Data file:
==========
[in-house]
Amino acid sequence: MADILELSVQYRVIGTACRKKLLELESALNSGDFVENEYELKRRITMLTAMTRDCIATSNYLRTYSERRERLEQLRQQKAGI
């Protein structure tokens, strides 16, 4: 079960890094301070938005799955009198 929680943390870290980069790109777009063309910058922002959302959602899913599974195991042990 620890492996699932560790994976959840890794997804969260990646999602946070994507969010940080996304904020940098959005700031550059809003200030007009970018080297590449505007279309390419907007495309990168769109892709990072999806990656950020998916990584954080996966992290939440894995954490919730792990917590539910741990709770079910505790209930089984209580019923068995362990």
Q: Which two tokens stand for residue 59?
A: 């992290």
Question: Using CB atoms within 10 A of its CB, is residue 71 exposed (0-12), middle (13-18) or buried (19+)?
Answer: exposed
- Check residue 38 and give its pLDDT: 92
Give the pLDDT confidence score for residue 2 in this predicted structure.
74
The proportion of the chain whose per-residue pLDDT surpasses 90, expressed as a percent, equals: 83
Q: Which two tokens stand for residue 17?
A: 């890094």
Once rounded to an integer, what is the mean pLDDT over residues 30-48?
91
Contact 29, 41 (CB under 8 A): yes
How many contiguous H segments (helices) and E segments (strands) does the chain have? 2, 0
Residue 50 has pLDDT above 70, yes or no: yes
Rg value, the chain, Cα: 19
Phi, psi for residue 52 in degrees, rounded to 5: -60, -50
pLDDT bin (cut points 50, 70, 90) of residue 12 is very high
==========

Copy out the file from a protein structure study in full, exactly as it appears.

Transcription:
[in-house]
Amino acid sequence: MADILELSVQYRVIGTACRKKLLELESALNSGDFVENEYELKRRITMLTAMTRDCIATSNYLRTYSERRERLEQLRQQKAGI
């Protein structure tokens, strides 16, 4: 079960890094301070938005799955009198 929680943390870290980069790109777009063309910058922002959302959602899913599974195991042990 620890492996699932560790994976959840890794997804969260990646999602946070994507969010940080996304904020940098959005700031550059809003200030007009970018080297590449505007279309390419907007495309990168769109892709990072999806990656950020998916990584954080996966992290939440894995954490919730792990917590539910741990709770079910505790209930089984209580019923068995362990």
Q: Which two tokens stand for residue 59?
A: 């992290």
Question: Using CB atoms within 10 A of its CB, is residue 71 exposed (0-12), middle (13-18) or buried (19+)?
Answer: exposed
- Check residue 38 and give its pLDDT: 92
Give the pLDDT confidence score for residue 2 in this predicted structure.
74
The proportion of the chain whose per-residue pLDDT surpasses 90, expressed as a percent, equals: 83
Q: Which two tokens stand for residue 17?
A: 């890094």
Once rounded to an integer, what is the mean pLDDT over residues 30-48?
91
Contact 29, 41 (CB under 8 A): yes
How many contiguous H segments (helices) and E segments (strands) does the chain have? 2, 0
Residue 50 has pLDDT above 70, yes or no: yes
Rg value, the chain, Cα: 19
Phi, psi for residue 52 in degrees, rounded to 5: -60, -50
pLDDT bin (cut points 50, 70, 90) of residue 12 is very high